And the big question. Do you think covers sell books or how important do you think a cover is in selling books at the moment? 

Absolutely! Covers are the first impression and your best marketing tool. Even in an over saturated market, you want a cover that will grab attention, something visually compelling that will help you stand out amongst the crowd.

The Bird and the stone by Amy Harmon
 She loves this cross-genre cover due to its boldness and simplicity. Giving just enough away to stir curiosity.

There is no doubt that getting a good cover is at the very least a major factor when creating or buying a book.

What makes you pick up a book?

Thank you to Hang Le for answering my questions. You can see more of Hang's work on her Pinterest Page or follow Hang on her Facebook page Designs by Hang Le.

Love to Love: My new camera which makes all my photos look amazing.

photo belongs to Cassandra Samuels

Love to Laugh: At my grandson who is now crawling and getting into mischief.

Love to Learn: About all aspects of this crazy book biz.

Monday 13 June 2016

From Little Things Big Things Grow

with guest blogger Amy Andrews.

Authors colour the world of their books with many seemingly inconsequential things. Tiny things that usually never have any impact on the story at all but can go on to have huge significance.

For example, red glass vases. In Holding Out For A Hero, I gave the heroine, Ella, a couple of vases that belonged to her estranged mother, the only things Ella had taken from the house after her mother's death. When I first wrote them they were merely a prop to decorate Ella's room. They could have been anything else - a lamp or a painting. But they quickly became a memento from the happier times in Ella's childhood, a connection to her mother. Then as the story evolved further, they became so much more, they were the catalyst for the wedge that is driven between Ella and Jake.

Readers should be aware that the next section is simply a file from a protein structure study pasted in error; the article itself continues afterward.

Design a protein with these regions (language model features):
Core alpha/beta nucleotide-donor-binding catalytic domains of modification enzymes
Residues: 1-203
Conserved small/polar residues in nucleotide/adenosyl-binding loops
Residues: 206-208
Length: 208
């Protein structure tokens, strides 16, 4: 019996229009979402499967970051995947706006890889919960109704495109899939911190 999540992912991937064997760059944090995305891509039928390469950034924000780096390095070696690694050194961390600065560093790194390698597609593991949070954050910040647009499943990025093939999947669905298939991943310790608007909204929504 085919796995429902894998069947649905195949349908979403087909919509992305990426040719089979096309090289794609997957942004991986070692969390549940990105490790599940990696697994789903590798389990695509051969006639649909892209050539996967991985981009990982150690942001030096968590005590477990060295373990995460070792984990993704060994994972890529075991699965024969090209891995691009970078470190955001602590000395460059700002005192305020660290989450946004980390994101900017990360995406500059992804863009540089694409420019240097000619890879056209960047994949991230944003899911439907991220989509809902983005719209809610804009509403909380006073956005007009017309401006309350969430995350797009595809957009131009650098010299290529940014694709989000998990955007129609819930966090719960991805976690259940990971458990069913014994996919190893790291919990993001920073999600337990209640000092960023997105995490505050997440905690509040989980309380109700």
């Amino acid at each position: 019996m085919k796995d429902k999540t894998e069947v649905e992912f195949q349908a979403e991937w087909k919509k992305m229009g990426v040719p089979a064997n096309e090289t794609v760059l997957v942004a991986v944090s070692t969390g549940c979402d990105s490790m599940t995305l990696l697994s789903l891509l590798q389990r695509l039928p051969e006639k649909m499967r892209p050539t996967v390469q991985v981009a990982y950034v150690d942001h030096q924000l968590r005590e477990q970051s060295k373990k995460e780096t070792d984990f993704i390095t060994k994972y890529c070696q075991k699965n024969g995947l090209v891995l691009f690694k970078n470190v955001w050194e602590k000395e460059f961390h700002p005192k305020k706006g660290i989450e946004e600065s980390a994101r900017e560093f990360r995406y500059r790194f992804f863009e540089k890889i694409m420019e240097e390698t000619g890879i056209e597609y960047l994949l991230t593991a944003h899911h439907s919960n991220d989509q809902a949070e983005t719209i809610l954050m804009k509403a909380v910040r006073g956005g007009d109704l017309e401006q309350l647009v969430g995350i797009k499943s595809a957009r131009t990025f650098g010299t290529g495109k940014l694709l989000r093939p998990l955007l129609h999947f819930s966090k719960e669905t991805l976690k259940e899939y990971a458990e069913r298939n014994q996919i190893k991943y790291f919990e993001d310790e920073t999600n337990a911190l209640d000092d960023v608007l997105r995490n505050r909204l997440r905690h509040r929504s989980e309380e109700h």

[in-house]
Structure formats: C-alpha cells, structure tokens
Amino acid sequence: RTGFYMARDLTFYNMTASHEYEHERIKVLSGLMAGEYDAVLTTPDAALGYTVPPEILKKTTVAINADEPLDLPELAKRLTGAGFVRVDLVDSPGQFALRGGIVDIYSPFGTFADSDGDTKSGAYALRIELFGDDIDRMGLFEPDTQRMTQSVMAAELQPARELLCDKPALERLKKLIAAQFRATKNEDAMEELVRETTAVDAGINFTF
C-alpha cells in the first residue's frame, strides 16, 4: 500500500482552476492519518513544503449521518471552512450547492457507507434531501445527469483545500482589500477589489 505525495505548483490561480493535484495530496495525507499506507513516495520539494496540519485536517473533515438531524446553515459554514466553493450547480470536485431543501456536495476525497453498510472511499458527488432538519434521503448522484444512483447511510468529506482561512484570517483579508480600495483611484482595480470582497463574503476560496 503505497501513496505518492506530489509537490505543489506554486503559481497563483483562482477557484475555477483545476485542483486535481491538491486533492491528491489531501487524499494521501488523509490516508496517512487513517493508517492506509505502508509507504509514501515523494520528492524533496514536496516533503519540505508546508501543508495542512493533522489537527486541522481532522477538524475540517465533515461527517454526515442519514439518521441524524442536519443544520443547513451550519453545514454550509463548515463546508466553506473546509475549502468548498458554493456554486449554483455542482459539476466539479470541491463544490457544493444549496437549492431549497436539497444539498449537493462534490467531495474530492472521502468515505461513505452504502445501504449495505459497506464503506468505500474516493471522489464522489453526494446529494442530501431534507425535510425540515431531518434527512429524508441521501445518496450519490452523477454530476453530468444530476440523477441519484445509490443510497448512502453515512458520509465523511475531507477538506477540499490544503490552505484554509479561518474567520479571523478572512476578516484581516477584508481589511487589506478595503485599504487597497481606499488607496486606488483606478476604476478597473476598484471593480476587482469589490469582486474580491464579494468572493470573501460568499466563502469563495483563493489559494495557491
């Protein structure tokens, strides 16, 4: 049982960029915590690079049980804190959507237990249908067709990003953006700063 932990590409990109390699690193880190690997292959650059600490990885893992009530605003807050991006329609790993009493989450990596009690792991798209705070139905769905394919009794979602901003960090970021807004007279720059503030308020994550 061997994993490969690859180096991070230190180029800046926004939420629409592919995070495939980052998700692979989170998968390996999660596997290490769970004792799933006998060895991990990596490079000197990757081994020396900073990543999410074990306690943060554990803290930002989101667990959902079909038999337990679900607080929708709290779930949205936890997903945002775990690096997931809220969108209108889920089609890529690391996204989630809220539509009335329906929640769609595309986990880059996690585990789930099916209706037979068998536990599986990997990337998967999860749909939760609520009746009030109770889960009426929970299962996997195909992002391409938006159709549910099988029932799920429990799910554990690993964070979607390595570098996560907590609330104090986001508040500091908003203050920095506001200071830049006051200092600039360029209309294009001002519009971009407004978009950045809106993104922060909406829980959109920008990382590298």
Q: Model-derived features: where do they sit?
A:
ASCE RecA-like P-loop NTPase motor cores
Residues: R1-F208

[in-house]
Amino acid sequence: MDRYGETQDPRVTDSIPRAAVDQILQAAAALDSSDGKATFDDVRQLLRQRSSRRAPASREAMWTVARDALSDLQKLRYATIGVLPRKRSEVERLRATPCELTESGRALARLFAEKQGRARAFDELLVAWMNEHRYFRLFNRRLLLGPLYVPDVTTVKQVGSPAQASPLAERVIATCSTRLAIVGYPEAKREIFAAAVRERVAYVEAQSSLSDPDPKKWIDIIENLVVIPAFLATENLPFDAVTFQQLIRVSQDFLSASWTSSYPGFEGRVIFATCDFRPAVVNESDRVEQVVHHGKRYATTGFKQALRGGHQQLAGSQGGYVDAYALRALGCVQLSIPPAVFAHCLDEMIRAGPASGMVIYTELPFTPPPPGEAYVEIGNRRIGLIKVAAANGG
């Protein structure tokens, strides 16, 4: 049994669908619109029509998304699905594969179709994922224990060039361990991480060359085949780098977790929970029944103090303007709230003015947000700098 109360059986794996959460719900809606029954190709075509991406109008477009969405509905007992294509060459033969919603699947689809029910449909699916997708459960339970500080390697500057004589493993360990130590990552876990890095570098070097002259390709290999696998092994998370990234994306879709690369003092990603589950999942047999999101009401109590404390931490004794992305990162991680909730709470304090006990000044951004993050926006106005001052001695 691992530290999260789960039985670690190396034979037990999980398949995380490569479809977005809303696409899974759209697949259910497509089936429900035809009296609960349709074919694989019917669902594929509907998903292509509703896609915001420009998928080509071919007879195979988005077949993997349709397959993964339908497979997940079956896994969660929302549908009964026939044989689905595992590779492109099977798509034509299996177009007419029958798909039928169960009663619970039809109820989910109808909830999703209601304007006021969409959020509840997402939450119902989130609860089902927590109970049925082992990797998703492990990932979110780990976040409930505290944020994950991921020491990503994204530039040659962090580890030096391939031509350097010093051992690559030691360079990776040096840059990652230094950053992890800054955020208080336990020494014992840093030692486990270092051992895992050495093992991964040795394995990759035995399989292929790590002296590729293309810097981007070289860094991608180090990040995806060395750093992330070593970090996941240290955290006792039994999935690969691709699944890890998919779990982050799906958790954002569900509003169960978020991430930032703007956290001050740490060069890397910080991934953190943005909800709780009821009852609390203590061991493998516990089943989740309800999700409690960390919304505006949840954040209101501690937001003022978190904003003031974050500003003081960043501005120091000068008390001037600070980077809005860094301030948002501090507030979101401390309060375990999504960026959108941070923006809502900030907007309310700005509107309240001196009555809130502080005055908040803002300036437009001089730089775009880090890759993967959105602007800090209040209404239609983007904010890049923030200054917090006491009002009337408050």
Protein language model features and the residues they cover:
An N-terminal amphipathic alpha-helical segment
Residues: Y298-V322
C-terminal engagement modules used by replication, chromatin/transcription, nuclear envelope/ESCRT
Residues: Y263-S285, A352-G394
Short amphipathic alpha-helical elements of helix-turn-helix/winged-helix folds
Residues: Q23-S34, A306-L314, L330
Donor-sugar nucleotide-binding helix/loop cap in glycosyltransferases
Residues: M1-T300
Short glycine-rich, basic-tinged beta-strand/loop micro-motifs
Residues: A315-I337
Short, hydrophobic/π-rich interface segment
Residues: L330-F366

I didn't know any of this when I first wrote the vases into the story. It was just a little detail, not the linchpin of the big black moment. But things like that often aren't planned - well, they're not for me anyway. They evolve as the story evolves and can often take on a life of their own. I like to think that my muse knew all along, laying little breadcrumbs for me, waiting for me to finally make the connection.

It was the same with my rural/small town romance Some Girls Do which, btw, is perma-FREE!!

Amazon Aus:

Amazon US:

I found this image on Pinterest when I was searching (read procrastinating) another book.

I was really impressed with the handkerchief bustle. I'd not seen something like this before and I liked the gypsy feel of it. But I moved on through the rabbit hole that is Pinterest not really giving it much thought until I was half way through writing Some Girls Do and I knew I needed a handkerchief bustle.

You see, my heroine, Lacey, is a bit of a brat. She's young and reckless and wilful and all the things some reviewers have called her. But I don't apologise for that. She's grieving. Yes, she's making a hash of it but grief's like that sometimes. Messy and erratic. Anyway, all Lacey wants is to go home to Jumbuck Springs and be with her tribe - her brothers and the town she loves. But she knows she has to prove herself when she gets there. She knows she has one chance to show she's all grown up.

I didn't know when I made her a fashion design student that it would be the way Lacey was going to prove herself. It was just a tiny decision I made because I wanted her to be a bit arty and have to leave Jumbuck Springs to pursue it. I didn't know when I threw in an old school friend that was getting married as a secondary character that Lacey was going to save her wedding day. But when the scene came to me - when the skirt of the weddings dress is lying in hacked pieces at Lacey's feet - that handkerchief bustle I'd seen once many months before came back to me.

With less than 24 hours to the wedding, Lacey turns the savaged pieces into a handkerchief bustle, causes an absolute sensation in the district and a flurry of orders from other brides-to-be. A business is born and Lacey's place in Jumbuck Springs is secure.